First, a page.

Virginia State Fossil: Chesapecten jeffersonius
The state fossil of Virginia is Chesapecten jeffersonius, an extinct species of fossil scallop. Scallops are bivalve mollusk (learn more about bivalves here). Fossils of Chesapecten jeffersonius have been found in Virginia, North Carolina, Georgia, and Florida; learn more about this species here).
Interactive 3D model of Chesapecten jeffersonius. Model by Callan Bentley (Sketchfab; Attribution-NonCommercial 40 International license).
Chesapecten jeffersonius from the Plio-Pleistocene (formation unknown) of Sarasota County, Florida (UF 31888). Image from the Neogene Atlas of Ancient Life (Creative Commons Attribution-NonCommercial-ShareAlike 4.0 International license).
This species was named for Thomas Jefferson by Say in 1824. It has a special place in the history of paleontology because it was the first American fossil to be scientifically illustrated: an engraving of it (see below) was published in 1687 in Volume 3 of Historiae Conchyliorum by Martin Lister.
Martin Lister's 1687 illustration of Chesapecten jeffersonius. Image from reproduction in Ward and Blackwelder (1975) (USGS Professional Paper 861; public domain).
Virginia State Rock: Nelsonite
Nelsonite is a type of igneous rock that is rich in the minerals ilmenite and apatite. Titanium (used in paints and metal manufacturing) and calcium phosphate (used in agriculture) can be extracted from these minerals, making nelsonite an economically important type of rock. It was once an important economic resource in Virginia over a century ago, but is no longer mined. Because of its historical importance in Virginia, Nelsonite became recognized as the official state rock on July 1, 2016, following a campaign that began in a Piedmont Virginia Community College geology class. It is named for its type locality in Nelson, Virginia. Learn more here.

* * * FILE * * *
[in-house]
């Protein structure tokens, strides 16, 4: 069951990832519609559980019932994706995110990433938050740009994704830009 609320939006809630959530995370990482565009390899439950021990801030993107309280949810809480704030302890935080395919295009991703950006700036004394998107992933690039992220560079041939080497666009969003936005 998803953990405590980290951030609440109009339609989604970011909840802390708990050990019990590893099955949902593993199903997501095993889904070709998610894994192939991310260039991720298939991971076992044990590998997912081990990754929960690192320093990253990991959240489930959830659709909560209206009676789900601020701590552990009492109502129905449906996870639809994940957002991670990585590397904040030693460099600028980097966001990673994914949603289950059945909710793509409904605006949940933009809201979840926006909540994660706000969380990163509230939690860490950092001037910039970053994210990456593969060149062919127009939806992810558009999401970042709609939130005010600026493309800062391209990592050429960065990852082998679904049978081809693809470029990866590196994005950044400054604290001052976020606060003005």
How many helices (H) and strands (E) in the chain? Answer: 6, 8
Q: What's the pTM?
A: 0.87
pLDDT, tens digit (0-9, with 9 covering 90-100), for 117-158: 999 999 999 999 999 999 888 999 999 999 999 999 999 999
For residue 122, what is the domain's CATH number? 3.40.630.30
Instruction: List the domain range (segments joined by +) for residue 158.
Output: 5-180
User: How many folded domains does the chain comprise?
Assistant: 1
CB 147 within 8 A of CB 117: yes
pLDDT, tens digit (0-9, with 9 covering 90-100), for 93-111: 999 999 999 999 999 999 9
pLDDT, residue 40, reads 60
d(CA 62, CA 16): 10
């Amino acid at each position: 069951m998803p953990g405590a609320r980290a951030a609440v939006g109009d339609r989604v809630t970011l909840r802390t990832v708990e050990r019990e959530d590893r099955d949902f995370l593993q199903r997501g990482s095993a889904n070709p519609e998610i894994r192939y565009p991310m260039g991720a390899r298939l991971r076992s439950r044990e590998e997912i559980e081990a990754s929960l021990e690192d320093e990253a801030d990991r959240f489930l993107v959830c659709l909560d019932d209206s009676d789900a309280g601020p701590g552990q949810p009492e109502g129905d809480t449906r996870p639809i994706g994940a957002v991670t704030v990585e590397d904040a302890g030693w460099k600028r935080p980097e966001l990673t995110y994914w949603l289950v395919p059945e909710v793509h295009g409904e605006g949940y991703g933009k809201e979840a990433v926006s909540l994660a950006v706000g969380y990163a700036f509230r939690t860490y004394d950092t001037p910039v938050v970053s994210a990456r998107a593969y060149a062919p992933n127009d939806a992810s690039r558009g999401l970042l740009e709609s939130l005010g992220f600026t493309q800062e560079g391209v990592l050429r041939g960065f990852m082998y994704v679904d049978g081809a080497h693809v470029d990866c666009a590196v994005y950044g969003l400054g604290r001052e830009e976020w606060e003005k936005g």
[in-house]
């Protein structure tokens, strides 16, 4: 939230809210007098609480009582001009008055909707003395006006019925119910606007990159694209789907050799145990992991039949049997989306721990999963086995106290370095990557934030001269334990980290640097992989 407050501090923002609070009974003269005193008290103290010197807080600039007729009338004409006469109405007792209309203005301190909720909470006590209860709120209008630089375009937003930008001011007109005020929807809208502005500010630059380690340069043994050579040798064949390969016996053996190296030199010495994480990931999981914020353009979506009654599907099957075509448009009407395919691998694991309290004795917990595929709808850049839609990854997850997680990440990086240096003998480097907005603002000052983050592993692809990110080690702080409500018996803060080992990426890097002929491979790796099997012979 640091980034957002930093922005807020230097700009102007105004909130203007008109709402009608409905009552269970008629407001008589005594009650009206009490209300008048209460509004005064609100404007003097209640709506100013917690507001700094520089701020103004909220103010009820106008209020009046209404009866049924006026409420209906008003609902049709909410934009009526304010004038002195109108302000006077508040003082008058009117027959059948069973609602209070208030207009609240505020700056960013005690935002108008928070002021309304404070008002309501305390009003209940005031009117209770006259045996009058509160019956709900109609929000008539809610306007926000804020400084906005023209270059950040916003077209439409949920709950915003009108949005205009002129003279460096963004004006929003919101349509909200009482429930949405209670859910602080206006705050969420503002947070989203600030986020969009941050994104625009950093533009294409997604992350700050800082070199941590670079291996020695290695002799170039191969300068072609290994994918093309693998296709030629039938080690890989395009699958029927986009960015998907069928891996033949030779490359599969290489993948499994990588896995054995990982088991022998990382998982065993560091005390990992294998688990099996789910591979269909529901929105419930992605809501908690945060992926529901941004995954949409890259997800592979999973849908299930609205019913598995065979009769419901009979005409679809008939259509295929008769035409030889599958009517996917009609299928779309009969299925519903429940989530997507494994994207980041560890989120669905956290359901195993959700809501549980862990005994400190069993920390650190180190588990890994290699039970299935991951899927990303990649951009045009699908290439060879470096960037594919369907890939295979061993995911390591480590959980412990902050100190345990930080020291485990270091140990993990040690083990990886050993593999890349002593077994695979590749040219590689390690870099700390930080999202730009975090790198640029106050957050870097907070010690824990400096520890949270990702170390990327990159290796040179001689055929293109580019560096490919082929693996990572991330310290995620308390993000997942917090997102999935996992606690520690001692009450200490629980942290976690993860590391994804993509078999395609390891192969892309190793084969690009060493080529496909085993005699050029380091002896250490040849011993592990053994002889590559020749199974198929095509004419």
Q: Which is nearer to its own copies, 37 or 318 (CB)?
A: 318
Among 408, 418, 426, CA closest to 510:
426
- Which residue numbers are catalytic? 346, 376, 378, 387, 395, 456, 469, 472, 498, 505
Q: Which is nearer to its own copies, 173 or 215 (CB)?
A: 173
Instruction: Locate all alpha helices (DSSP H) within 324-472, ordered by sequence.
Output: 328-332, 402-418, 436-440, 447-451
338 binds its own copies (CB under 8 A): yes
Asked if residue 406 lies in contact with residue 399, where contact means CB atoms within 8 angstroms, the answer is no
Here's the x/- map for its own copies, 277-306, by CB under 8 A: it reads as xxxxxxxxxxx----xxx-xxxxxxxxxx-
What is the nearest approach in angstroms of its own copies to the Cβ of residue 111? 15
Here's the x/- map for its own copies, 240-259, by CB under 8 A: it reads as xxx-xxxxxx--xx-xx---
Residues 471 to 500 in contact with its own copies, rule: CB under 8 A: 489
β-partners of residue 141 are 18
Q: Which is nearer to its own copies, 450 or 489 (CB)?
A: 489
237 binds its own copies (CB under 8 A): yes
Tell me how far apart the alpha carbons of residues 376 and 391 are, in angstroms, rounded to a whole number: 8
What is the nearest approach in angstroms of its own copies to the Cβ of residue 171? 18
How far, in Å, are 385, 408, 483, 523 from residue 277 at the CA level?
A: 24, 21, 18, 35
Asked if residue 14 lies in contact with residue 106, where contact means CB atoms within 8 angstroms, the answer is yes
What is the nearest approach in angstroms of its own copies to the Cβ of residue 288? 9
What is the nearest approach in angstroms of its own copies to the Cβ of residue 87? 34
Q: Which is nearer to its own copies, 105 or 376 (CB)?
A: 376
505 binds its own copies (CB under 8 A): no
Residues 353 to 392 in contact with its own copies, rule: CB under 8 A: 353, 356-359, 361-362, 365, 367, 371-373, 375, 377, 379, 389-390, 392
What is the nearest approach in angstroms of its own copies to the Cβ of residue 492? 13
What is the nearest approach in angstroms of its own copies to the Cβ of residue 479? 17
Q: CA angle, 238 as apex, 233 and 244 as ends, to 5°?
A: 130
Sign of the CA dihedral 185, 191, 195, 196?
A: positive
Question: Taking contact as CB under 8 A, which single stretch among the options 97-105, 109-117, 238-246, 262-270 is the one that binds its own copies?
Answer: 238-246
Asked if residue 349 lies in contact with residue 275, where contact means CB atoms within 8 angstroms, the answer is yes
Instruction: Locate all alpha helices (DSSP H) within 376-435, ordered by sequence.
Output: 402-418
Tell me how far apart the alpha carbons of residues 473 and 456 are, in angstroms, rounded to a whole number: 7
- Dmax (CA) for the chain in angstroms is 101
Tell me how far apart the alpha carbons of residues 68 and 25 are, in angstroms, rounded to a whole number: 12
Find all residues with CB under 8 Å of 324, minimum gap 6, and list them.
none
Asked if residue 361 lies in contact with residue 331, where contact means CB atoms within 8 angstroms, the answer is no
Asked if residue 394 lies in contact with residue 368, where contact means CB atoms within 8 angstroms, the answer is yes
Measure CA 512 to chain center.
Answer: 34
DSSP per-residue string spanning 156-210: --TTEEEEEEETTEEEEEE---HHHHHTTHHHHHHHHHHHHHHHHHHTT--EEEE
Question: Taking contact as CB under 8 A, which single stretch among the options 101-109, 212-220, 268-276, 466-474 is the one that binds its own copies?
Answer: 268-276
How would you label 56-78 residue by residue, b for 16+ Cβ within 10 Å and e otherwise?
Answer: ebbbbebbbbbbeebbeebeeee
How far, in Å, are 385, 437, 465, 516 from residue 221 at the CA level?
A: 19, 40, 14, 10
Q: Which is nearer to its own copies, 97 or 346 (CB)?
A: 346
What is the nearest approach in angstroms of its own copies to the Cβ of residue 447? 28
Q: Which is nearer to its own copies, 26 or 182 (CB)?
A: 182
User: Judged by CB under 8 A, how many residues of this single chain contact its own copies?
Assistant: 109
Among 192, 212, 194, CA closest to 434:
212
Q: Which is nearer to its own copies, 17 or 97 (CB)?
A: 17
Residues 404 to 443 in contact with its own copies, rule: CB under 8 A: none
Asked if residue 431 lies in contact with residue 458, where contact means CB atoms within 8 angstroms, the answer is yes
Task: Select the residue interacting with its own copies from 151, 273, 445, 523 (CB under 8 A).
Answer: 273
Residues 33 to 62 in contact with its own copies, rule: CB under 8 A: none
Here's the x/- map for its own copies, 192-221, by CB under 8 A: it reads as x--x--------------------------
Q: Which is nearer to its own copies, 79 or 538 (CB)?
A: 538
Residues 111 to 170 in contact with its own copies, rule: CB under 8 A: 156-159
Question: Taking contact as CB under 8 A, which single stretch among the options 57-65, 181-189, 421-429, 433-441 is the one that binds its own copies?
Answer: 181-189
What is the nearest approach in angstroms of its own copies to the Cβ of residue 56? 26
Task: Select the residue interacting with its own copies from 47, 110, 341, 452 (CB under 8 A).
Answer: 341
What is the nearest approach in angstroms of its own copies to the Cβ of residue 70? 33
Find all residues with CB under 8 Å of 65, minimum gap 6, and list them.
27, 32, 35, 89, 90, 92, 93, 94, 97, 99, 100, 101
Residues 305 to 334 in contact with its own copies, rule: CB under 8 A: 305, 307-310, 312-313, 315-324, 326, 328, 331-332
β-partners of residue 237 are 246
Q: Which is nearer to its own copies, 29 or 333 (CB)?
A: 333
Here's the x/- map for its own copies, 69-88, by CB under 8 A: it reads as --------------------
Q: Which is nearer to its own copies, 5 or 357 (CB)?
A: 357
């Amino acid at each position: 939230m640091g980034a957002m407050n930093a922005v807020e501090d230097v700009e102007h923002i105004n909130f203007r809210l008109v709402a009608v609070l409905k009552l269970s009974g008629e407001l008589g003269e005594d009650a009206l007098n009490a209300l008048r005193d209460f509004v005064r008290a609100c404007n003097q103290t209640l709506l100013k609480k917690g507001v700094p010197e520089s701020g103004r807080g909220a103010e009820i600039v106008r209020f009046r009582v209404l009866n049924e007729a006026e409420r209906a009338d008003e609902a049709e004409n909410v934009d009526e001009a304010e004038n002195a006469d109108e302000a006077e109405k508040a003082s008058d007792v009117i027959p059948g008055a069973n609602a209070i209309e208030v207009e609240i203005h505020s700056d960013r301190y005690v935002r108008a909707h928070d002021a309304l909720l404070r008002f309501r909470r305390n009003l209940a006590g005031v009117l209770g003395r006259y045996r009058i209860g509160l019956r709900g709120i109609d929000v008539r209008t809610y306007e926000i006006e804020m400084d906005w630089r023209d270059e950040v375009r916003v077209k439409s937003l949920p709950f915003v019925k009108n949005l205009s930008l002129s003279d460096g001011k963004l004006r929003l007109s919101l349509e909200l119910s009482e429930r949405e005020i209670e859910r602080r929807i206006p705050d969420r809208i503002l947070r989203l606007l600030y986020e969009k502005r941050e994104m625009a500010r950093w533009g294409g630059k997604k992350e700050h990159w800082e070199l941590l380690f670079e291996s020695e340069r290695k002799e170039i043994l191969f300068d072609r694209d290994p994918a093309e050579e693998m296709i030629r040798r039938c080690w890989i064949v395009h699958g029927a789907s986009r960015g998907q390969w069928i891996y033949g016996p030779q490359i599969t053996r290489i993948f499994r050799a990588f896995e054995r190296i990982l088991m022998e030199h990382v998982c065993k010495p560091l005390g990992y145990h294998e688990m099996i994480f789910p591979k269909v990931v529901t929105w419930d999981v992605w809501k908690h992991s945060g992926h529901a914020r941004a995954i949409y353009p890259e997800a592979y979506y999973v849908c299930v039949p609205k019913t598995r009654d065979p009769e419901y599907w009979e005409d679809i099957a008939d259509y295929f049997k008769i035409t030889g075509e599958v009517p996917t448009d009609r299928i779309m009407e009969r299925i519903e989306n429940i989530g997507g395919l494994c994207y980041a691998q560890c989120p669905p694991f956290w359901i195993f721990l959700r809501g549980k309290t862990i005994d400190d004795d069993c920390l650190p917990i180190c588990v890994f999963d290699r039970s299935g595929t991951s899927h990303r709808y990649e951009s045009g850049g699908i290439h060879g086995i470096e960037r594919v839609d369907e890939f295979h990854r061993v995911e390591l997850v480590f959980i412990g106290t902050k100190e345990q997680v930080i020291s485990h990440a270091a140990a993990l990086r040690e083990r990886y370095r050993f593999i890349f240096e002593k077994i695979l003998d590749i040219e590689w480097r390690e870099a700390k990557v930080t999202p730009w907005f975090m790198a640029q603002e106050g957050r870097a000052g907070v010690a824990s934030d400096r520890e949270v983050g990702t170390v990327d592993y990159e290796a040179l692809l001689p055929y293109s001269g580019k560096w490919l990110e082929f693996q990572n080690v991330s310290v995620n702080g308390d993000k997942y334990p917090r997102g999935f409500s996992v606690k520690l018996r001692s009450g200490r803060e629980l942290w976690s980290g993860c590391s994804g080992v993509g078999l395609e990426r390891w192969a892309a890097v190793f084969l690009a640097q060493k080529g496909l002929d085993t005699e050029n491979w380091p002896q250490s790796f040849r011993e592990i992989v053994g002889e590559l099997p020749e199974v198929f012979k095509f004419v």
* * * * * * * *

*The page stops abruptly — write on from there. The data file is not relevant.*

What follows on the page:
Virginia State Mineral: None
Virginia does not have a state mineral. What do you think it should be? Answer in the comments.
Virginia State Gem: None
Virginia does not have a state gem. What do you think it should be? Answer in the comments.
Virginia's Highest and Lowest Elevations
Topographic map of Virginia; greens indicate lower elevation, browns higher elevation. Topographic data derived from the Shuttle Radar Topography Mission (SRTM GL3) Global 90m (SRTM_GL3) (Farr, T. G., and M. Kobrick, 2000, Shuttle Radar Topography Mission produces a wealth of data. Eos Trans. AGU, 81:583-583.). Image created by Jonathan R. Hendricks for the [email protected] project.
Highest Elevation: Mt. Rogers
Mt. Rogers, located in Jefferson National Forest on Virginia's border with North Carolina, is the state's highest point, with an elevation of 1746 meters (5729 feet). The mountain is named for William Barton Rogers, Virginia's first State Geologist who also went on to found the Massachusetts Institute of Technology.
Mount Rogers, the highest point in Virginia (5729 ft), as viewed from the summit of Pine Mountain, Grayson County, Virginia. Photograph by "Famartin" (Wikimedia Commons; Creative Commons Attribution-ShareAlike 4.0 International license; image cropped and resized from original).
Lowest Elevation: Atlantic Shore
Virginia's lowest points are along the coast where the Atlantic Ocean touches the shore, for example at Virginia Beach.
Places to Visit
Natural Bridge State Park
Natural Bridge, Virginia.
Virginia Beach, Virginia.
Jefferson National Forest
Waterfall in Jefferson National Forest near Cave Mountain Lake, Virginia. Photograph by "bobglennan" (Flickr; Creative Commons Attribution-NonCommercial-NoDerivs 2.0 Generic license).